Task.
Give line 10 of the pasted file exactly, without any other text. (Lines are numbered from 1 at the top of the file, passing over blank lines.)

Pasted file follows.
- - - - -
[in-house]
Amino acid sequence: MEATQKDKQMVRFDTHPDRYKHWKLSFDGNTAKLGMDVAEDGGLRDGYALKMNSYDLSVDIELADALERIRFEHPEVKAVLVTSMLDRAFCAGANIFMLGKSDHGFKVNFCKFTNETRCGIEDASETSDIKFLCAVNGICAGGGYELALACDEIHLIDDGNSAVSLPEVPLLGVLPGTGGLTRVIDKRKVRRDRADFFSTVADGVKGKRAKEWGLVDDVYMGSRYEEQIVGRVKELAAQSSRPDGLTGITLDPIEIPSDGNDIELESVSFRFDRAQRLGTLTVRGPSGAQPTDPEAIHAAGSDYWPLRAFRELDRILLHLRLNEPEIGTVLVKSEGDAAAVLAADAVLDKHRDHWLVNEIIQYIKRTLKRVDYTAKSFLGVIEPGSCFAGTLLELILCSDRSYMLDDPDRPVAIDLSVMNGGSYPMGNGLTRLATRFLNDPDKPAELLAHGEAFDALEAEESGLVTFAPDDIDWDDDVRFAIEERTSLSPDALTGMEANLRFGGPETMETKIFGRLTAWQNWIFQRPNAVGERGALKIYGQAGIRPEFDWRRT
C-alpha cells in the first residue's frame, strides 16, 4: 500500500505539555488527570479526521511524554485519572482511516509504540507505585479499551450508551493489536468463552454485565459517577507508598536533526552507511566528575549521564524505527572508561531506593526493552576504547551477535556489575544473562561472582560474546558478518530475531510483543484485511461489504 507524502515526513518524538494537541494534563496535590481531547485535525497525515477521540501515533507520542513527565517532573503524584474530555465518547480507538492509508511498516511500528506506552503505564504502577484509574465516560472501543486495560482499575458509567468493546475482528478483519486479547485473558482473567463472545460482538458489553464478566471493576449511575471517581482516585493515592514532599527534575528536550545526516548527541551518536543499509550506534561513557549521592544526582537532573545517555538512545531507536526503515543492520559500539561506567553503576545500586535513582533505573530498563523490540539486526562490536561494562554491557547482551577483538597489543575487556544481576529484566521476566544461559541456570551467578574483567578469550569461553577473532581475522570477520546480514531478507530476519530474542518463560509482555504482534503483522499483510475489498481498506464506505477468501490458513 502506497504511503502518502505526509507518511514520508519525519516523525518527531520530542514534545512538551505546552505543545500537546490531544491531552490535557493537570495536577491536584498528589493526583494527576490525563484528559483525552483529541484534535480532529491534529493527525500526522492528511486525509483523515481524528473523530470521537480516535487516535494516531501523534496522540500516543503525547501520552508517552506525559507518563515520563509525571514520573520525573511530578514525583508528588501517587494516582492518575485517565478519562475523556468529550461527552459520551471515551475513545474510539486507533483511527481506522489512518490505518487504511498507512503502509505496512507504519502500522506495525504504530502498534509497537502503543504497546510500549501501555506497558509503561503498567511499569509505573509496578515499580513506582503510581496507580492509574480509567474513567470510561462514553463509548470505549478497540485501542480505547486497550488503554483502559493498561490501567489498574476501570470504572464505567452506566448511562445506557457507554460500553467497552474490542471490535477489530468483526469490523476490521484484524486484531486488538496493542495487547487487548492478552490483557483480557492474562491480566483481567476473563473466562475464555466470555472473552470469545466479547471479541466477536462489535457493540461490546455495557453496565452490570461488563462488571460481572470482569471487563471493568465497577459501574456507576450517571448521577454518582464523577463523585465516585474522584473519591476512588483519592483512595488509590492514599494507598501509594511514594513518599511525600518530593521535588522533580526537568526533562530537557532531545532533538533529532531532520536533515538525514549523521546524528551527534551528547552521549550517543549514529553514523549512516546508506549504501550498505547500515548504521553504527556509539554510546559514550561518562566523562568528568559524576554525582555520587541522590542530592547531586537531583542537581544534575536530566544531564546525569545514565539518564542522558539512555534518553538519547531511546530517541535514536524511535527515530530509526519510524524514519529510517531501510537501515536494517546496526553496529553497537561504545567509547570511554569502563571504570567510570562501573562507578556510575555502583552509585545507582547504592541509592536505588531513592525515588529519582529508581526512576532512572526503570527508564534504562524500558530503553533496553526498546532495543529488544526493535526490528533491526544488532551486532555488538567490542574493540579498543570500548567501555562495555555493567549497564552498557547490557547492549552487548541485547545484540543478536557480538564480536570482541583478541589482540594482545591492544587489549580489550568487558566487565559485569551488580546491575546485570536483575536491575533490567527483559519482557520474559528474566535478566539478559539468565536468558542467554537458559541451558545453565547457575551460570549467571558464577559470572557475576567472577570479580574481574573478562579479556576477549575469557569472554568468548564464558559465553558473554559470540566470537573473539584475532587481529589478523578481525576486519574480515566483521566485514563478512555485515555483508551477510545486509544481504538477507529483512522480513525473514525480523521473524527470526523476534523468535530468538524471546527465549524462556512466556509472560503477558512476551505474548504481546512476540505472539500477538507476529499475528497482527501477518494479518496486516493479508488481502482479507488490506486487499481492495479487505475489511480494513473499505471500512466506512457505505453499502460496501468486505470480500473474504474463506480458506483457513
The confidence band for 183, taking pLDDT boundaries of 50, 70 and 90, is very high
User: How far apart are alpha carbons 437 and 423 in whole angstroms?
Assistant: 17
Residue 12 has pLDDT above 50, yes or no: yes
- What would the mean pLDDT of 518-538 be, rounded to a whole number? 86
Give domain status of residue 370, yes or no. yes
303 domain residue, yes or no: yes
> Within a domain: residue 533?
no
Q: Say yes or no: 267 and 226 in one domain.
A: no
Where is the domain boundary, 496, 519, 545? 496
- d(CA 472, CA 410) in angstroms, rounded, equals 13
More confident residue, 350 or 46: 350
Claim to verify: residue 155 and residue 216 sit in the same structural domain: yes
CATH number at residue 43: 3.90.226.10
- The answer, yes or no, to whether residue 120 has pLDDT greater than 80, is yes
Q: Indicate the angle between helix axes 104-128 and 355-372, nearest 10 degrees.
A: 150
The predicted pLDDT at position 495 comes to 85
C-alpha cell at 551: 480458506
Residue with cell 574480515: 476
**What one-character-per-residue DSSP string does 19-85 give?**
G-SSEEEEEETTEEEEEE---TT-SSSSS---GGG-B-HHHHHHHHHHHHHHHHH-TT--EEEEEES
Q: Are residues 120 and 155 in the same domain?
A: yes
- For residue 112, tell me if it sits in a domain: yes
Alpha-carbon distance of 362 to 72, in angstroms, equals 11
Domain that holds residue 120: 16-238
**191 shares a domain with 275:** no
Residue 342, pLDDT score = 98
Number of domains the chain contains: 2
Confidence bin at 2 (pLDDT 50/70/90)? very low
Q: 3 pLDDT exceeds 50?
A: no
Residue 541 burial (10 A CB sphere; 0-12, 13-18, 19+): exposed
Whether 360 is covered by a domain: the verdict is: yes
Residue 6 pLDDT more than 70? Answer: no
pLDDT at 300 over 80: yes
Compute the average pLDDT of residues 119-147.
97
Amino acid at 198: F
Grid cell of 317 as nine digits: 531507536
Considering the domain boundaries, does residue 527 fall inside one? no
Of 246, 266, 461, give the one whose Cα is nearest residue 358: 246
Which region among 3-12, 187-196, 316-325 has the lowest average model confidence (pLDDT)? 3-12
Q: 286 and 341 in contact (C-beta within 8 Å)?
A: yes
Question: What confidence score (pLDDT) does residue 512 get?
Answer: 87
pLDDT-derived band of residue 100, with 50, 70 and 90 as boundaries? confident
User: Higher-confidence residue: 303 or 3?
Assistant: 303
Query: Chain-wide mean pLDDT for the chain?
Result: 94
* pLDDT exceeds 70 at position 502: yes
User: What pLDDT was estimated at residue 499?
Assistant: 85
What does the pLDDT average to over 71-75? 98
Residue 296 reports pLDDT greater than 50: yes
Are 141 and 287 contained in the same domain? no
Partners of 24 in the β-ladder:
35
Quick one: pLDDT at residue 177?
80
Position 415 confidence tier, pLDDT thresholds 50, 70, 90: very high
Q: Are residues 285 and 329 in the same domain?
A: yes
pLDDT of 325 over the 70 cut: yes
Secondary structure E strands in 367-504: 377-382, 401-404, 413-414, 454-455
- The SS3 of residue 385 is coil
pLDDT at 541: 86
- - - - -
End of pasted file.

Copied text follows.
303 domain residue, yes or no: yes